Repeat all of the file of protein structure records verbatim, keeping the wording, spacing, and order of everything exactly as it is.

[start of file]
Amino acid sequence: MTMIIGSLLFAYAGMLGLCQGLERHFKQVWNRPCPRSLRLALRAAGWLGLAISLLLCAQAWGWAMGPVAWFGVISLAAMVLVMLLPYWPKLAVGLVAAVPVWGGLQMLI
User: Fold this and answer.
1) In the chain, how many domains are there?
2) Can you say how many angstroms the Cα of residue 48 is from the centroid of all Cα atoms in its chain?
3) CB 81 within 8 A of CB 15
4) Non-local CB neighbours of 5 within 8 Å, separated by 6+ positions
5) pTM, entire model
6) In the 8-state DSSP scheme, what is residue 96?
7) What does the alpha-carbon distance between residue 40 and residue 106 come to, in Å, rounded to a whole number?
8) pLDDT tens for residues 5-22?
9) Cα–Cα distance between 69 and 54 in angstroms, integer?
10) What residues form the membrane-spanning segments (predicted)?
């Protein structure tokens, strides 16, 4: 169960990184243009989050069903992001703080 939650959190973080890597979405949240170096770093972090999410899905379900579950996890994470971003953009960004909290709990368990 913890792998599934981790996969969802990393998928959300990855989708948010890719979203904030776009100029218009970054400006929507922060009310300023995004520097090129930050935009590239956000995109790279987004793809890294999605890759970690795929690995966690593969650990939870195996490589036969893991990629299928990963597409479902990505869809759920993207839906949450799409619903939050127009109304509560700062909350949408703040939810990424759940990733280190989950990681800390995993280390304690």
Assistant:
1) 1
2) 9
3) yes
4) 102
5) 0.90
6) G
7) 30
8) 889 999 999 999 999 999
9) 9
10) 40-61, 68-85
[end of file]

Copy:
Amino acid sequence: MTMIIGSLLFAYAGMLGLCQGLERHFKQVWNRPCPRSLRLALRAAGWLGLAISLLLCAQAWGWAMGPVAWFGVISLAAMVLVMLLPYWPKLAVGLVAAVPVWGGLQMLI
User: Fold this and answer.
1) In the chain, how many domains are there?
2) Can you say how many angstroms the Cα of residue 48 is from the centroid of all Cα atoms in its chain?
3) CB 81 within 8 A of CB 15
4) Non-local CB neighbours of 5 within 8 Å, separated by 6+ positions
5) pTM, entire model
6) In the 8-state DSSP scheme, what is residue 96?
7) What does the alpha-carbon distance between residue 40 and residue 106 come to, in Å, rounded to a whole number?
8) pLDDT tens for residues 5-22?
9) Cα–Cα distance between 69 and 54 in angstroms, integer?
10) What residues form the membrane-spanning segments (predicted)?
């Protein structure tokens, strides 16, 4: 169960990184243009989050069903992001703080 939650959190973080890597979405949240170096770093972090999410899905379900579950996890994470971003953009960004909290709990368990 913890792998599934981790996969969802990393998928959300990855989708948010890719979203904030776009100029218009970054400006929507922060009310300023995004520097090129930050935009590239956000995109790279987004793809890294999605890759970690795929690995966690593969650990939870195996490589036969893991990629299928990963597409479902990505869809759920993207839906949450799409619903939050127009109304509560700062909350949408703040939810990424759940990733280190989950990681800390995993280390304690």
Assistant:
1) 1
2) 9
3) yes
4) 102
5) 0.90
6) G
7) 30
8) 889 999 999 999 999 999
9) 9
10) 40-61, 68-85